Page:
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Fox News host Laura Ingraham taking break amid boycott

Advertisers have boycotted her show after comments she made about Parkland survivor David Hogg.

Ingraham and Hogg.
AP Photo/J. Scott Applewhite, left, and Rich Schultz
Jen Kirby is a senior foreign and national security reporter at Vox, where she covers global instability.

Laura Ingraham is taking a week off amid a brewing advertiser boycott over her comments about Parkland school shooting survivor David Hogg.

I’ll be off next week for Easter break with my kids,” Ingraham said on-air Friday. “But fear not, we’ve got a great lineup of guest hosts to fill in for me.”

The Fox News indicated the vacation was preplanned, but Ingraham steps away as more than a dozen companies have dropped ads from her show this week after she sent out a tweet mocking Hogg’s rejection from a few colleges.

Ingraham’s Easter break has echoes of the abrupt vacation former Fox personality Bill O’Reilly took in April 2017 when he faced down a mounting advertiser boycott in the wake of a sexual harassment scandal. He was fired during that period.

Ingraham’s case is vastly different, but the advertiser boycott escalated nearly as fast. Companies that have pulled ads include Nutrish, Jenny Craig, Office Depot, Expedia, Trip Advisor, Wayfair, StitchFix, Liberty Mutual, Principal, Nestle, and Johnson & Johnson. Hulu, the streaming service, has also dropped its ads, though, as NPR’s David Folkenflik pointed out, Fox News’s parent company, 21st Century Fox, owns a 30 percent stake in Hulu.

Some companies quietly pulled ads, while others directly called attention to the controversy. Wayfair, the online home-goods store, said in a statement the host’s comments were “not consistent with our values.” A spokesperson for TripAdvisor told CNBC that “statements focused on a high school student, cross the line of decency. As such, we have made a decision to stop advertising on that program.”

How this advertising boycott got started

Ingraham first came under fire after she mocked Hogg — a Parkland shooting survivor who’s become one the school’s most outspoken activists — for failing to get accepted to his college choices with his 4.1 GPA. (He actually has a 4.2 GPA.) The story, picked up by right-wing media outlets, originated with a TMZ video.

Hogg, in response to the attack, called for advertisers to boycott the show, tweeting out a list of companies that run ads on her nightly program The Ingraham Angle.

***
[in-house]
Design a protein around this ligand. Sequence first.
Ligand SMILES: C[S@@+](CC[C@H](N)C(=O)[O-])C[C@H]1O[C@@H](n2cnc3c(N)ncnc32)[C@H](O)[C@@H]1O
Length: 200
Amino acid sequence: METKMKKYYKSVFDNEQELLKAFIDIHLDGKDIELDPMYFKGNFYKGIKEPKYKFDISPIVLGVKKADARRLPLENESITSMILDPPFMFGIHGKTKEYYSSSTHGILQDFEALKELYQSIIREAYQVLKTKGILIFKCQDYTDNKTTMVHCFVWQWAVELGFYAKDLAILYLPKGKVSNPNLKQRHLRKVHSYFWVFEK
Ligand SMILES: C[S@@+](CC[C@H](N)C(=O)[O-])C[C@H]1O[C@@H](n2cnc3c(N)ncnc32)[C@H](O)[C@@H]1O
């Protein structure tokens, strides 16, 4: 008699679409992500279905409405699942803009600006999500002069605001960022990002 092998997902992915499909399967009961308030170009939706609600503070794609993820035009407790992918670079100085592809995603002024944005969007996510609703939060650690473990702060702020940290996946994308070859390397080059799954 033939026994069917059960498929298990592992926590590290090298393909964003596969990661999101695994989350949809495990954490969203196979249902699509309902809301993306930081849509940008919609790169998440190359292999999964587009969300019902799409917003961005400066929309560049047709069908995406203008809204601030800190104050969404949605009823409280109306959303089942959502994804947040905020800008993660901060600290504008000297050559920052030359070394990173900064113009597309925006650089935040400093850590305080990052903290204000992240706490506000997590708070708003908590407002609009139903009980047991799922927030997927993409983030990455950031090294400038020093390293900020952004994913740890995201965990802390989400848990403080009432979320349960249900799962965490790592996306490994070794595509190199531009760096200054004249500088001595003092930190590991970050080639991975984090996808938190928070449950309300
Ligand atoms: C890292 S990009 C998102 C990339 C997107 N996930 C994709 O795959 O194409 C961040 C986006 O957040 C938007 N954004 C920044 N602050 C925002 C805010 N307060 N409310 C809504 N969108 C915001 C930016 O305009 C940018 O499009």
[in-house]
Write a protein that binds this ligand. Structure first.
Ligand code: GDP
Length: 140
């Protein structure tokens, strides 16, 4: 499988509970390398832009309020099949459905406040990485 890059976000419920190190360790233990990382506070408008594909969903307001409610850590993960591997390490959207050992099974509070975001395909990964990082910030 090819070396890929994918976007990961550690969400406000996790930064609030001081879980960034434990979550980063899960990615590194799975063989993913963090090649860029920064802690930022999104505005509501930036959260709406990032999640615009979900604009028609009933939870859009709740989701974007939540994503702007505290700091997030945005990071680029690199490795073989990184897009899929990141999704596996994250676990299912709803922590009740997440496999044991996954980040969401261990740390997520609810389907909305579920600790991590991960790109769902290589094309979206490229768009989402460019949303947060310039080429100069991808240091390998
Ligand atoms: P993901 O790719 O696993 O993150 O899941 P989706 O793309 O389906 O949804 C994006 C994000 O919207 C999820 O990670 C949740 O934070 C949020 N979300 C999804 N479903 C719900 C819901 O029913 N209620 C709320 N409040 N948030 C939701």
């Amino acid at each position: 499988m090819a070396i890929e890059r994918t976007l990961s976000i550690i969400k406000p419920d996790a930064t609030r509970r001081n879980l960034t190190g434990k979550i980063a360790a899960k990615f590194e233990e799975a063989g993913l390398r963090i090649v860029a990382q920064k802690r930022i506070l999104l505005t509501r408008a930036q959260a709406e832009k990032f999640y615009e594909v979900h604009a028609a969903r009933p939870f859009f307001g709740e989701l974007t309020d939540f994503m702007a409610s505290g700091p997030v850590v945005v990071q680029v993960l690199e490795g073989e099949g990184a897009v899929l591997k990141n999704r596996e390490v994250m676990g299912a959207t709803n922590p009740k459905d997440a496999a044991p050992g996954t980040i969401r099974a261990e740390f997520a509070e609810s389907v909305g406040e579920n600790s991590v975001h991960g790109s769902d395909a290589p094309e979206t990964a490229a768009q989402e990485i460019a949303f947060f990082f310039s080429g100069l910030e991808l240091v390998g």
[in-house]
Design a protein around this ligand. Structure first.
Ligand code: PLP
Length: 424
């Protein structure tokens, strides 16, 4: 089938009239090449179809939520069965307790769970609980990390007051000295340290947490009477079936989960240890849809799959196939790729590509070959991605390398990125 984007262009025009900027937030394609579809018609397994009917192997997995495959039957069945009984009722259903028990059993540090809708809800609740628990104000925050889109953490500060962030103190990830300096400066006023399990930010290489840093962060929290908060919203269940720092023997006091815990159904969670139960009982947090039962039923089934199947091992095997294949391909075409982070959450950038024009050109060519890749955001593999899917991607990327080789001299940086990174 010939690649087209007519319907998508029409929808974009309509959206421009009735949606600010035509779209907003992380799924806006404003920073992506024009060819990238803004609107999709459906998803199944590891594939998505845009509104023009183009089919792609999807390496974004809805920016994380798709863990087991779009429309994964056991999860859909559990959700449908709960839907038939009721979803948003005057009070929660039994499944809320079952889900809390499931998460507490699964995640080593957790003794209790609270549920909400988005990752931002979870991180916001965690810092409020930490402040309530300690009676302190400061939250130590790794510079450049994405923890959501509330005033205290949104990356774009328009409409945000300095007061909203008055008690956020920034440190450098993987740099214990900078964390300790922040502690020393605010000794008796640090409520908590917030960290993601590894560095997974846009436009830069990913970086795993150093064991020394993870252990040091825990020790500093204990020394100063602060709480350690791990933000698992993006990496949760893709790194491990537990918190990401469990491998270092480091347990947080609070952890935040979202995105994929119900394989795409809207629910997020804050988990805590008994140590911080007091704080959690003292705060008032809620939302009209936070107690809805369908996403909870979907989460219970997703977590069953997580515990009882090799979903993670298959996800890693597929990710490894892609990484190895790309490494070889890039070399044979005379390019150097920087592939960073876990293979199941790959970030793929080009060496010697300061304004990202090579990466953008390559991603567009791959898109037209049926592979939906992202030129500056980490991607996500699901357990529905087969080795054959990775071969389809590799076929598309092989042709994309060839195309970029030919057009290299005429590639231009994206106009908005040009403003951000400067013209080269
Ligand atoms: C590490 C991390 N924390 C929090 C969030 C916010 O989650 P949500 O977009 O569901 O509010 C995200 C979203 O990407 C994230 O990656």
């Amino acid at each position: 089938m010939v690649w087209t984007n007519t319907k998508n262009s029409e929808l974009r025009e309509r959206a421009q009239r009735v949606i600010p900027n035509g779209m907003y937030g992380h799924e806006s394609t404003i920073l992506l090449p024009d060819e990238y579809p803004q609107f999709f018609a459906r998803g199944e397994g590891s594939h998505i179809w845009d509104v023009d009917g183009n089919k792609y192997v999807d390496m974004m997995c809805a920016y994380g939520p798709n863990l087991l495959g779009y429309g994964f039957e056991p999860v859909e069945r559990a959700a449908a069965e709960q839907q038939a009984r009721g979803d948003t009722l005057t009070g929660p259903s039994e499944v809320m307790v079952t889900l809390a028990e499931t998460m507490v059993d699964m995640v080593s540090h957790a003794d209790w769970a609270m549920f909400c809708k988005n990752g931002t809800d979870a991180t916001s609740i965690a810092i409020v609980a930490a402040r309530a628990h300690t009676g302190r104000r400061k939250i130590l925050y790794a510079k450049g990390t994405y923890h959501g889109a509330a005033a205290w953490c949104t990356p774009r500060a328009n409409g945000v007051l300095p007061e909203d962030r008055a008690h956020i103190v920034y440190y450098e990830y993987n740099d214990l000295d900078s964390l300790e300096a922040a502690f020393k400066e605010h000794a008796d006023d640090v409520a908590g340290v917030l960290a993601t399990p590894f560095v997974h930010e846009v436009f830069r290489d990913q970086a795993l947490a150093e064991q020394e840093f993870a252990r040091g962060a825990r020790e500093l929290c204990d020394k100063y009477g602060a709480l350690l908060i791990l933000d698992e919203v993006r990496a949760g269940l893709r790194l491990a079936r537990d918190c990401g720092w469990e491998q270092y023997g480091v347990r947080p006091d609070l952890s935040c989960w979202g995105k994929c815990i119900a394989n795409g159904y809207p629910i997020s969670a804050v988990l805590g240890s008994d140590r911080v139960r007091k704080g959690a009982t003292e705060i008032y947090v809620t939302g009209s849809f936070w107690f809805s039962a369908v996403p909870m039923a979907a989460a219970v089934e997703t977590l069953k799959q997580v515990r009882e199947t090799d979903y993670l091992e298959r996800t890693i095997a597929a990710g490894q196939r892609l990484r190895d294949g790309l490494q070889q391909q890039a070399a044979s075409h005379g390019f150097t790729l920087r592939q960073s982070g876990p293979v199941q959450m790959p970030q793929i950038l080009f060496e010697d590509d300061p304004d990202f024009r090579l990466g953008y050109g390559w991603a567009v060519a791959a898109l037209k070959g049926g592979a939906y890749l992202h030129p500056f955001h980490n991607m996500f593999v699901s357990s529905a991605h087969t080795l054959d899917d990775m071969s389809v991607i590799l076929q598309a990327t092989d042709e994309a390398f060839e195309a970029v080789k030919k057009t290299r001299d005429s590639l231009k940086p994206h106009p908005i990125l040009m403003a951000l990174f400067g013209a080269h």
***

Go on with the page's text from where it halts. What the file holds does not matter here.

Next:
Ingraham apologized Thursday for her comments. “On reflection, in the spirit of Holy Week, I apologize for any upset or hurt my tweet caused him or any of the brave victims of Parkland,” she wrote.

But the damage had been done. By Thursday several companies had pulled their ads.

Hogg rebuffed Ingraham’s apology. “She only apologized after we went after her advertisers,” he told the New York Times on Thursday. “It kind of speaks for itself.” After Ingraham announced her vacation, Hogg tweeted “have some healthy reflections this Holy Week.”

But of course there’s a boycott to the boycott

But Ingraham has her defenders. Supporters launched an #IStandWithLaura campaign to boycott the boycotters.

That there’s a backlash to the backlash isn’t a surprise — gun reform remains a politically polarizing issue, and the renewed debate and vocal activism after the Parkland shooting has only exacerbated those divisions. Advertiser boycotts have been a potent and attention-grabbing tool in channelling political pressure, and Fox News personalities have been frequent targets.

For example, back in November a few advertisers — including Keurig, makers of the coffee pod machines — boycotted Fox personality Sean Hannity over his defense of Alabama Senate candidate Roy Moore, who was accused of pursuing sexual relationships with teens when he was in his 30s. Hannity’s fans fired back with a protest of their own, smashing Keurig coffee machines in support of the host.

The Hannity boycotts fizzled and his show survived. Angelo Carusone, the president of Media Matters for America, told The Hollywood Reporter that the quality and rate of ad buys declined for his program — though Fox News disputed this account and said advertisers returned.

But, for now, the pressure on Ingraham hasn’t abated. Right-wing pundits, including Fox News, have tended to downplay or criticize the renewed push for gun reform, but as Vox’s German Lopez pointed out, some opponents, such as Ingraham, have taken to attacking the teenage survivors themselves. That stands out both because these activists are in high school and they survived a school shooting only a month ago.

Ingraham, in going after Hogg personally, made herself a target for defenders of the movement and its student leaders. Hogg and others have responded by capitalizing on their social media clout and putting public pressure on advertisers — a tool that proved successful in ushering O’Reilly off the air last year, and Glenn Beck in 2011.